At the beginning of lunch, she checked messages and e-mail. Gail had replied to all about Hamish: thanks for sending, viewed with interest. So had Les Gross: très avant garde. And so had John Herringer: Hamish! She forgot about Hamish. Or thought about him with a less intense regret. Her husband came home. No exercise, he said, while in Los Altos, except for twenty minutes in a hotel gym. He went for a bike ride, she for a walk. Walking engaged something neuronal, she thought, because while doing it her regret increased again. But only temporarily. As you might expect. She and her husband did their weekly face-time with their daughter in Bolivia, which was three hours ahead and had to be scheduled. They both felt their daughter didn't know what
she was doing. They talked about her while putting dinner together. The two girls were different, though both were filled with social purpose. The older more deliberate, the younger more rash. The older calmer, the younger more passionate. And the older more likely to get married and have children. The younger might end up so dedicated to her work that she would never return from . . . was it “the developing world”? She'd never liked that.
She checked e-mail. DMW. For years they'd passed this code back and forth—she, Les Gross, Dane Snow, John Herringer, Gail North—and now Sarah Holger, new to the department: DMW, Department Meeting Wednesday, meaning drinks after work on short notice. Usually just a glass of wine somewhere, often in the living room of someone's home, but sometimes in a restaurant or a wine bar. Every December, on the Wednesday before Winter Break, the Social Studies department tippled together festively, and every June, on the last Wednesday of the school year, it celebrated with wine. Then there were the DMWS when, without an excuse, some of them drank too much, including her, because she didn't want to seem superior to her colleagues. For that reason, she sometimes drank three or four Wednesday glasses of wine, even though they gave her a headache.
Les Gross drove. They convened—a first—at Sarah Holger's loft. She found out, there, that Sarah was twenty-seven. They met Sarah's dog. They were offered a choice of playlists, which led to a discussion of itunes Radio, and then a demonstration of itunes Radio, everyone choosing, together—by consensus— urban humming stereo. Sarah served kale chips in an acacia wood bowl and, because people were curious, Jell-o shots. They were undrinkable—again by consensus—but Sarah had wine on hand as well. Something in all of this made her decide to go for it. There were amalgamating factors: Sarah had a magnum left over from the holiday season that, once opened, needed to be emptied; Les Gross was driving; she'd taken a longer walk than usual the day before; for the moment—however ephemeral—she was less behind than she usually felt; and finally, she hadn't yet shown the new kid—sarah—this side of herself. “Sure,” she said, whenever Sarah poised the magnum. “Why not?”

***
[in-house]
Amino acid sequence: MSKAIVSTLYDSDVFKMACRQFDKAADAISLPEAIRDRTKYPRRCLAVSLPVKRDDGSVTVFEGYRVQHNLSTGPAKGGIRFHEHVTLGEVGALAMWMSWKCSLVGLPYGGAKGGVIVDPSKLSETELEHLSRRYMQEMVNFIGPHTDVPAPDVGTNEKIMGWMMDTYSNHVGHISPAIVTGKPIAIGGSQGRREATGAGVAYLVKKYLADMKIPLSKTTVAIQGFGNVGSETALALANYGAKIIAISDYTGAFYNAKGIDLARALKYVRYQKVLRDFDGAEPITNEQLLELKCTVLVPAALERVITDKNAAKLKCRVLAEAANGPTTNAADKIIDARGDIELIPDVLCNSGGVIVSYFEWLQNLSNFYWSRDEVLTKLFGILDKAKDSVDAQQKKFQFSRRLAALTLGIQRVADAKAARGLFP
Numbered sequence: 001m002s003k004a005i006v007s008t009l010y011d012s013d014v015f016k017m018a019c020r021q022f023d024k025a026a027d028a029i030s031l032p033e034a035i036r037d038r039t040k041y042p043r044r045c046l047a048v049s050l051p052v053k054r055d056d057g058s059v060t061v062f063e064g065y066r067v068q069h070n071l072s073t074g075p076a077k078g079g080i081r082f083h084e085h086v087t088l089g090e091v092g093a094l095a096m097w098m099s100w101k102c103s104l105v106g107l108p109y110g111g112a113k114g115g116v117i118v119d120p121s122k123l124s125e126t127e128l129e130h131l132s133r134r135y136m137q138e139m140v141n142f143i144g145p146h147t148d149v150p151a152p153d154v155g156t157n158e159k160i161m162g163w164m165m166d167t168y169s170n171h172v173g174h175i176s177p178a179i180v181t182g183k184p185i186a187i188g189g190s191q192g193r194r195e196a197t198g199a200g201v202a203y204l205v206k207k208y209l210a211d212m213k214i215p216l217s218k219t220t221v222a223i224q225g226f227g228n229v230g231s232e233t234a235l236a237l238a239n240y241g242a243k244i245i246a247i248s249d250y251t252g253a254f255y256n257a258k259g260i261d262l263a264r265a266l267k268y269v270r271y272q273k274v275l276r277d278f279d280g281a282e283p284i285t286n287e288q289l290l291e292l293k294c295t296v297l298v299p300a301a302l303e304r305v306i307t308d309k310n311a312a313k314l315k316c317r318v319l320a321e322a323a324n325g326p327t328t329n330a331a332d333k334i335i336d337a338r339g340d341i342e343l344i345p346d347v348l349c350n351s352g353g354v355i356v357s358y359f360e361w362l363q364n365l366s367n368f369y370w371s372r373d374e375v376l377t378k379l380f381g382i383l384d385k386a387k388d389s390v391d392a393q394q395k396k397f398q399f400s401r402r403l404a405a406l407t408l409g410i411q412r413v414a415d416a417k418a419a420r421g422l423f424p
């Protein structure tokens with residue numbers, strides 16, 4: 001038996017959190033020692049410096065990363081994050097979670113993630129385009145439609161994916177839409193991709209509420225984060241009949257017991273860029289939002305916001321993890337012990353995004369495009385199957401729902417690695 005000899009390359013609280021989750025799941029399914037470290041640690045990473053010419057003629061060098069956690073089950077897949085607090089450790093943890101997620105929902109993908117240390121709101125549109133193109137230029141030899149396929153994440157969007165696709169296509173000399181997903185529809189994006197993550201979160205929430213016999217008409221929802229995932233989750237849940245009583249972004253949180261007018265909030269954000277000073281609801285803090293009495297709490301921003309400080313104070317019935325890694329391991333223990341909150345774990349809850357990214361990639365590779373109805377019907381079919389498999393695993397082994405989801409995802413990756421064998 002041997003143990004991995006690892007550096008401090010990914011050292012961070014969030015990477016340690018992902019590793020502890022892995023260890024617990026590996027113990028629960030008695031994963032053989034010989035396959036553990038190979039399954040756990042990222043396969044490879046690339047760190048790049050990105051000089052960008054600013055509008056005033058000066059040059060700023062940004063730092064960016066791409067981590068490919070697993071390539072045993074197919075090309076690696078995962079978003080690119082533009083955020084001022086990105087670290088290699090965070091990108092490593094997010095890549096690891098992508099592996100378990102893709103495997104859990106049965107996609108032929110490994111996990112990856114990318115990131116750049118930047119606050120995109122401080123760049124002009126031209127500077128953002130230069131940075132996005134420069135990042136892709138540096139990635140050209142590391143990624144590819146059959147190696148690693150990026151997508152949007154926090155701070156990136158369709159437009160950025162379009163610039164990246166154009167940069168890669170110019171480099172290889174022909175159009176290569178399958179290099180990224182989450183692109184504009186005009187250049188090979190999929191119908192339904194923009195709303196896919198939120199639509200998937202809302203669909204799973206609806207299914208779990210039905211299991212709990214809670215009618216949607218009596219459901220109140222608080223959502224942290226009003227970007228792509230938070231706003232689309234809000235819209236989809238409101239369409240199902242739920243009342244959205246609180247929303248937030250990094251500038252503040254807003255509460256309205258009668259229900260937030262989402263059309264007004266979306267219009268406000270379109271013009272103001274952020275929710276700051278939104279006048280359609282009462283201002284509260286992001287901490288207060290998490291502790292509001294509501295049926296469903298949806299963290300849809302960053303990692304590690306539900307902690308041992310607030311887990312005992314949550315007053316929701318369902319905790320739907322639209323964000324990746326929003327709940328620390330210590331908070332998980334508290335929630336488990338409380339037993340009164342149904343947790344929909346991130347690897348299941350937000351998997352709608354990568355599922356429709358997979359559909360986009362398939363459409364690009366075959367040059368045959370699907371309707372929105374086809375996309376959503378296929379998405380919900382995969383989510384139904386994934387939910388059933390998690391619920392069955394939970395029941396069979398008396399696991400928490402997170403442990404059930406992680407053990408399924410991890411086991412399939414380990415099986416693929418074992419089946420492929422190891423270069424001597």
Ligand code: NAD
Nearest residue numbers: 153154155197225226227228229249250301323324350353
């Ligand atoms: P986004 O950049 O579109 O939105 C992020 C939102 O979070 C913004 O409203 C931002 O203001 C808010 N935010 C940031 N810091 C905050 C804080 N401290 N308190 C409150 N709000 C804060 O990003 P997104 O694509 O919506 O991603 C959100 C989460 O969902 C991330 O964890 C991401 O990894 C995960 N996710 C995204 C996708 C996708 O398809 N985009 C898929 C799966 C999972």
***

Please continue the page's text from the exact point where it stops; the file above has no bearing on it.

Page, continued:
Near universal kudos for Sarah's part of town—gentrified without losing all of its rough edges, fun without feeling like a theme park for whites—followed by Sarah's neighborhood vet scoffing: after all, every three minutes a lanky, lone white guy could be relied on to walk into Bakery X for a pastry and some face time with a hand-held device after having navigated as if preoccupied around an idealist with a clipboard. “It's all good,” said Sarah—generalized mockery. She was dating a Sri Lankan woman who worked in the mayor's office. There was some actual business—curriculum review scheduling—that was quickly dispatched with before Department Meeting Wednesday ended with a flurry of Mark Mitchell comments. That was their way. They meant nothing by it. Most of the time they were relatively serious. None of them, she believed, only went through the motions. Les, maybe, to some extent—les struggled openly with burn-out.